ThinkGeoEnergy – Geothermal Energy News

Tests ongoing on third well for Austrian geothermal heating project

A third well has been drilled for a geothermal heating plant in Ried, Austria, with ongoing tests – it is planned to connect it soon to the existing district heating system to meet growing heat demand.

The third well for Austria’s largest geothermal heating project is expected to go online soon, with pumping trials starting these days. The project supplies large partof the cities of Ried and Mehrbach with environmentally friendly heating, as reported by

A third well had become necessary due to high demand. The drilling rig has already been dismantled, and in a few days the piping on the surface will be completed, according to Helmut Binder, Managing Director of Energie Ried.

The energy of the very hot water from a depth of more than 2,000 meters is “fed” through heat exchangers above the well in Mehrnbach into the net. The water from the geothermal well will then be re-injected again into an already existing well back into the reservoir.

The project operators are certainly optimistic. As a result of the first test results, “There should be a lot of water there – apparently at 100 degrees Celsius.” That would be very pleasing, and soon we will have certainty “, said Binder. Assuming success, 90 to 100 liters of hot water per second should be delivered to the surface at the third geothermal well at the end. In the forthcoming pumping trial, the authority is forecasting constant and subsequently increasing quantities in order to see how the level develops at depth – especially since no other companies, such as the thermal baths in Bad Füssing, may be affected. The demand is certainly very large, says Binder. And there are other major customers in the pipeline – from army barracks over to a hospital and the judicial guard building to the Maximarkt, which is currently being rebuilt, as well as apartment buildings.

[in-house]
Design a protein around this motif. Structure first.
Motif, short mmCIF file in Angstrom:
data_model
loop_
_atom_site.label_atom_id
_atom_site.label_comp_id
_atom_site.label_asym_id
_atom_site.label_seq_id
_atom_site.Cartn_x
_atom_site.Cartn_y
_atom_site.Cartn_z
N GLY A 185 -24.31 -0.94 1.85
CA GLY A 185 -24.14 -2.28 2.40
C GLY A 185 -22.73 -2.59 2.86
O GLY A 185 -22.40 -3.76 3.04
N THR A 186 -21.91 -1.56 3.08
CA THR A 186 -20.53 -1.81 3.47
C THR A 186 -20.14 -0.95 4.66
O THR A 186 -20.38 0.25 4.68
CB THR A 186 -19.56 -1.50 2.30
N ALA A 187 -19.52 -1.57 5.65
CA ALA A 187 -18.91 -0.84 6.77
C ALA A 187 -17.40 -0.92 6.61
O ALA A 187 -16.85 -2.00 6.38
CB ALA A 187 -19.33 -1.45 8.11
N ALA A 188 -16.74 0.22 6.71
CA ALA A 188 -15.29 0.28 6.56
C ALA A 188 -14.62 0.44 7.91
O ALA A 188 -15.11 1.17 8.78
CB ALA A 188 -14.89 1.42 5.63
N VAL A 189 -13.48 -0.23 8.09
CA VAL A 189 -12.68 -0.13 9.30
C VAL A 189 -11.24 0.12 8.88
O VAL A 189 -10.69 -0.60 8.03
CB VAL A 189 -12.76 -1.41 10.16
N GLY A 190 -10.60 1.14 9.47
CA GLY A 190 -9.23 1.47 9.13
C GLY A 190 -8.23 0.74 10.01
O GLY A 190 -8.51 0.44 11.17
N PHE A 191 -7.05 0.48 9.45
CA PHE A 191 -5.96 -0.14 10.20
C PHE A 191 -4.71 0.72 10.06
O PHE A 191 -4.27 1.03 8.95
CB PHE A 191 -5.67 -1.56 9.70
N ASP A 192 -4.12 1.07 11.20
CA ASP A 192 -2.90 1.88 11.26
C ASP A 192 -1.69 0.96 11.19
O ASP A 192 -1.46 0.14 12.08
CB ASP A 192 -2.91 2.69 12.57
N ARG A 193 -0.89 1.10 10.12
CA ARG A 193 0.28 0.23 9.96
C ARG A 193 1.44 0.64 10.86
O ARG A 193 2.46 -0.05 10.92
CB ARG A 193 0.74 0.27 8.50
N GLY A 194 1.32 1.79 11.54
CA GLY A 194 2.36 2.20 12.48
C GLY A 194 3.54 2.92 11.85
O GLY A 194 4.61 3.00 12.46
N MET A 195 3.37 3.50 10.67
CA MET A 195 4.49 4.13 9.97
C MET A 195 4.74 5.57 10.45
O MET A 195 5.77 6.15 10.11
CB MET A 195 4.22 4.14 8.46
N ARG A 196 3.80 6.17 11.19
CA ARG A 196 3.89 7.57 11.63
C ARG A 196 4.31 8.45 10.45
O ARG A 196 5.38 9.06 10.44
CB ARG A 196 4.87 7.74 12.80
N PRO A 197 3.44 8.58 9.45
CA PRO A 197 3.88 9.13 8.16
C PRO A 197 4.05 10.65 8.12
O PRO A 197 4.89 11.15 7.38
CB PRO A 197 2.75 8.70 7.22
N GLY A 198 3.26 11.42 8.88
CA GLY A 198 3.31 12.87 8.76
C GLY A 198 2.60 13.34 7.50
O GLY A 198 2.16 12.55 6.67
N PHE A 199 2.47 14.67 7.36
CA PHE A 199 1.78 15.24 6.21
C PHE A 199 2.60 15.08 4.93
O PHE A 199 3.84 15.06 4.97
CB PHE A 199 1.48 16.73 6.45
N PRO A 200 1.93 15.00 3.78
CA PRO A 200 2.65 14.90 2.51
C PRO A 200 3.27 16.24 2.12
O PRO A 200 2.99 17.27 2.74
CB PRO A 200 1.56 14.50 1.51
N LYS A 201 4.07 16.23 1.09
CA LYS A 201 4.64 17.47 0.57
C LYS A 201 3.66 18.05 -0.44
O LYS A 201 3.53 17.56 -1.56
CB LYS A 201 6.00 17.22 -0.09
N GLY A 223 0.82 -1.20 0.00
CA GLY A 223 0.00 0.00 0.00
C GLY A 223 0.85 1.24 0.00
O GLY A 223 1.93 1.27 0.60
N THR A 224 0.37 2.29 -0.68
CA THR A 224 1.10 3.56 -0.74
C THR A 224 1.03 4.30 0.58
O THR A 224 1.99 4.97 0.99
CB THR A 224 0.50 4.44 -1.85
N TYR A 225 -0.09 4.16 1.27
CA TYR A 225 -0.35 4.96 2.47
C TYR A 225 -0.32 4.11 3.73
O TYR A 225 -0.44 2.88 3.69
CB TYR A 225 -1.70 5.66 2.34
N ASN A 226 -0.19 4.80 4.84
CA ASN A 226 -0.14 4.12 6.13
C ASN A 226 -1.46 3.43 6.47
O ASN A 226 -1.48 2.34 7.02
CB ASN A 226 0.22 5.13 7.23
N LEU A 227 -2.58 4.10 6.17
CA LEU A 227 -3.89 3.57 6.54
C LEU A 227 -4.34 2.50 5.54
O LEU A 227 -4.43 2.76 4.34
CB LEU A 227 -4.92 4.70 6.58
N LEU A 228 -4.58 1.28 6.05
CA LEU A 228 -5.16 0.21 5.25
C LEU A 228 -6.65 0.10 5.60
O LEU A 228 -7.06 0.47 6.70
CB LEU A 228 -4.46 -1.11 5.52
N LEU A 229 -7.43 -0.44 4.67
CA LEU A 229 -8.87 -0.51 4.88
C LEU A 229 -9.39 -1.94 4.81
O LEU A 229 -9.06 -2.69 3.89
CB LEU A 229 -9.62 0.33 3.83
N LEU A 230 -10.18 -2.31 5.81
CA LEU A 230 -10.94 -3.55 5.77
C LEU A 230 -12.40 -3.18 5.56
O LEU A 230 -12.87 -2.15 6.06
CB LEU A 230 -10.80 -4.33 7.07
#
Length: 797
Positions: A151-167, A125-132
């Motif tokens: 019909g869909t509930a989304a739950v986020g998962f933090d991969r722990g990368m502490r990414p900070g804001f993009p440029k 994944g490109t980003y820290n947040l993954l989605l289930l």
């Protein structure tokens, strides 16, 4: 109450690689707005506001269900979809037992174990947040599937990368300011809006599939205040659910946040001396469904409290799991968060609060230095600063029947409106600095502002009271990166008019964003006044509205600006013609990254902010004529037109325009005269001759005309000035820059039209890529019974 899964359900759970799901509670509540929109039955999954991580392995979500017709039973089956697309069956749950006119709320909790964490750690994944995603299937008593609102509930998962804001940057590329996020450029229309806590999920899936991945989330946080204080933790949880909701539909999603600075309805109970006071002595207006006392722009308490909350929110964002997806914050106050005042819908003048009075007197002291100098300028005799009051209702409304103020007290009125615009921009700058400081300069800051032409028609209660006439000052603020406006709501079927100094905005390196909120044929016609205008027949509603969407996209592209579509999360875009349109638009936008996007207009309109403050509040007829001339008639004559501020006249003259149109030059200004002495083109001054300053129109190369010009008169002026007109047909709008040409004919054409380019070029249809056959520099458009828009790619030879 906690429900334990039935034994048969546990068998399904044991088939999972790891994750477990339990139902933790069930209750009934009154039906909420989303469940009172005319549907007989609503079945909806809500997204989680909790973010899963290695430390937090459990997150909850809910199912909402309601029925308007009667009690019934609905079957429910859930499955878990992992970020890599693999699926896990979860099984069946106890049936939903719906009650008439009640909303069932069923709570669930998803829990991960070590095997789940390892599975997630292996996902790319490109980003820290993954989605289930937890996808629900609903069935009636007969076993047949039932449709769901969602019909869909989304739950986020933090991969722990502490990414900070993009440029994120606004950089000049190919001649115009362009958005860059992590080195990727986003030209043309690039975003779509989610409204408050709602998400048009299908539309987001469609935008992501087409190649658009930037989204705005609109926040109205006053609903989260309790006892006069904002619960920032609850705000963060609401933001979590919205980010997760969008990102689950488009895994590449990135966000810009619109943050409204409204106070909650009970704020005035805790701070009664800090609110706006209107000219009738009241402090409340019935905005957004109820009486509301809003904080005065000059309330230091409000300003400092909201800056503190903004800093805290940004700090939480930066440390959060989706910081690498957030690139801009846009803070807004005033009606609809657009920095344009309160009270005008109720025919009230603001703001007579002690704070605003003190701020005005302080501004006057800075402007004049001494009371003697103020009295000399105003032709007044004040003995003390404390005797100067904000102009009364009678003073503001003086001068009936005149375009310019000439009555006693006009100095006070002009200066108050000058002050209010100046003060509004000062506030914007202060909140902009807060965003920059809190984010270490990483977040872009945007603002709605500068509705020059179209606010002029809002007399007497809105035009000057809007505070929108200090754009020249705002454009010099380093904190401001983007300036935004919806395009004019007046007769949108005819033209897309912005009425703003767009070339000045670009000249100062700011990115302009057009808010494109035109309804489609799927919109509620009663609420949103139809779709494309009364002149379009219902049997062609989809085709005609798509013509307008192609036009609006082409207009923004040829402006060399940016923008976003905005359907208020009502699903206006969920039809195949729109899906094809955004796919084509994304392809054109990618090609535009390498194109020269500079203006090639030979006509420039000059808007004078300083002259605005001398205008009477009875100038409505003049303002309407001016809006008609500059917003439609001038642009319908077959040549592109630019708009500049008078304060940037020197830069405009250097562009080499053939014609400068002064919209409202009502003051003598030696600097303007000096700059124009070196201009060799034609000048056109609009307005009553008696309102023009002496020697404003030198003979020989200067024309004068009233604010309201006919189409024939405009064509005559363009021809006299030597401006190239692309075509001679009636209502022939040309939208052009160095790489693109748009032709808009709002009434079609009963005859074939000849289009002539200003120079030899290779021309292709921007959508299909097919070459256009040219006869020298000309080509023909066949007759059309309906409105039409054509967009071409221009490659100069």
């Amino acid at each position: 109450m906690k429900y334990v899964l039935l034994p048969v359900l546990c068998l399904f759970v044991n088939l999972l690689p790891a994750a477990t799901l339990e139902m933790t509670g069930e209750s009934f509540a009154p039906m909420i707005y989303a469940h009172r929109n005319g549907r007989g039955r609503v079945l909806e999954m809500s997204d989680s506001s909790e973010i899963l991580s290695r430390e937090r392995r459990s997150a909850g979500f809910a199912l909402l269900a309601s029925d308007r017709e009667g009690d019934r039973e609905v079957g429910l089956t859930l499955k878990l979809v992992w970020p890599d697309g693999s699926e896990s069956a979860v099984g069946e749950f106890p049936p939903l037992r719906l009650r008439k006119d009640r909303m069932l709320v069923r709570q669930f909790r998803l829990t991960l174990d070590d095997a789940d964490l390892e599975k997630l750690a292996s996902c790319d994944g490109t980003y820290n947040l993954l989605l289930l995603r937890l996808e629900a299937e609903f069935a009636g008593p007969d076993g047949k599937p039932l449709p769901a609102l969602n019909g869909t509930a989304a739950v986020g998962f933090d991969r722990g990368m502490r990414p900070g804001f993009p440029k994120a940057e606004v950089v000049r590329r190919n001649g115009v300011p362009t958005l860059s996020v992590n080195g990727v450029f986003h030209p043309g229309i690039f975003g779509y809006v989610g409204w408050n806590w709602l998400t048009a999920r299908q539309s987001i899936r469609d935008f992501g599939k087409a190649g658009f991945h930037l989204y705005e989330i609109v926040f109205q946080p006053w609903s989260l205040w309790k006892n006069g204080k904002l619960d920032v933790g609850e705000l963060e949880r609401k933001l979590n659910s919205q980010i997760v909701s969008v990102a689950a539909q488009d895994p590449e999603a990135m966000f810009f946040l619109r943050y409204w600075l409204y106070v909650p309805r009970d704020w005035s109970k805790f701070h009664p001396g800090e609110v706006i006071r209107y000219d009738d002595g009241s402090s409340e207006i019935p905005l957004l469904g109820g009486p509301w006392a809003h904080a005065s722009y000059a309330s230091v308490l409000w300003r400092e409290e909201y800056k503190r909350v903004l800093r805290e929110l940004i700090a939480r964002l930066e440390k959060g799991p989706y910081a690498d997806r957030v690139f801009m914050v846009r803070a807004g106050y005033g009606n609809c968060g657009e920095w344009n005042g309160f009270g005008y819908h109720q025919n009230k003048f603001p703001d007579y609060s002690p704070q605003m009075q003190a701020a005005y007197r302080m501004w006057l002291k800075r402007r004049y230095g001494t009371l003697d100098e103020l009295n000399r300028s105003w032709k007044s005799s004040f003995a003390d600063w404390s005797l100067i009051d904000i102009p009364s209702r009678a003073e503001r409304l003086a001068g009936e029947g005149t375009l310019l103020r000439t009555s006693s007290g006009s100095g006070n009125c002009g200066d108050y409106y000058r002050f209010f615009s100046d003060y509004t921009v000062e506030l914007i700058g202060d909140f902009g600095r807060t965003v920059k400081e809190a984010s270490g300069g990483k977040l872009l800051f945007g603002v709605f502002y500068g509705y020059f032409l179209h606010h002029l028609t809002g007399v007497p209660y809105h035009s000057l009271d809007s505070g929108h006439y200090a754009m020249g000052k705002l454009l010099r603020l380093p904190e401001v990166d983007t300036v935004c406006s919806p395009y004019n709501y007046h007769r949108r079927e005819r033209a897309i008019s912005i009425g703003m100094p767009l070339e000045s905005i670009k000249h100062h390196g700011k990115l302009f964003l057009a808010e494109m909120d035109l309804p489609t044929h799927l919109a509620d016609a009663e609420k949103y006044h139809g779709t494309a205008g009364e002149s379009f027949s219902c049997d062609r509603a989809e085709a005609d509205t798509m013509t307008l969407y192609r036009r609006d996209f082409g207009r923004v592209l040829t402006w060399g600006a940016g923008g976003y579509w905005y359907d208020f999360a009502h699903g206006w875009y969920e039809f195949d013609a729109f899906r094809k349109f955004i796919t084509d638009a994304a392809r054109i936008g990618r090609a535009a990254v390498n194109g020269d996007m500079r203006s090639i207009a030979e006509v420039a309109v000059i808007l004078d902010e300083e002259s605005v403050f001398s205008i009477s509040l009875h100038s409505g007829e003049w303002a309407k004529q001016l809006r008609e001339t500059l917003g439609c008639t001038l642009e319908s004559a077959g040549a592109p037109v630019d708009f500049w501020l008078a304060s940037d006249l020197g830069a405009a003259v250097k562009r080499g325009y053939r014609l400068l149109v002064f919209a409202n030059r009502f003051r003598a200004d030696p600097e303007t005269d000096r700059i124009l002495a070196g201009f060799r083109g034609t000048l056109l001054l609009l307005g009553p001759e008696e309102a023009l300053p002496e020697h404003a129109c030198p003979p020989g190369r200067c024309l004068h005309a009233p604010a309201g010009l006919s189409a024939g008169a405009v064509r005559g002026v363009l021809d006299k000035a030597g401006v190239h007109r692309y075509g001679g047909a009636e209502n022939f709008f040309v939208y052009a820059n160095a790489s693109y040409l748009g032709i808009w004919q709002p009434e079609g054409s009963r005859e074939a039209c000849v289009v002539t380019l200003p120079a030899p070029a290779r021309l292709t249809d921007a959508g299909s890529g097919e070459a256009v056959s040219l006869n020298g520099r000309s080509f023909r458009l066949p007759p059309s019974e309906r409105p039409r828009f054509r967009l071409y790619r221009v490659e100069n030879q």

Will there be a fourth well?  It is reported that due to the continuing demand there are even thoughts about another, fourth well. However, the managing director of the energy does not want to comment.


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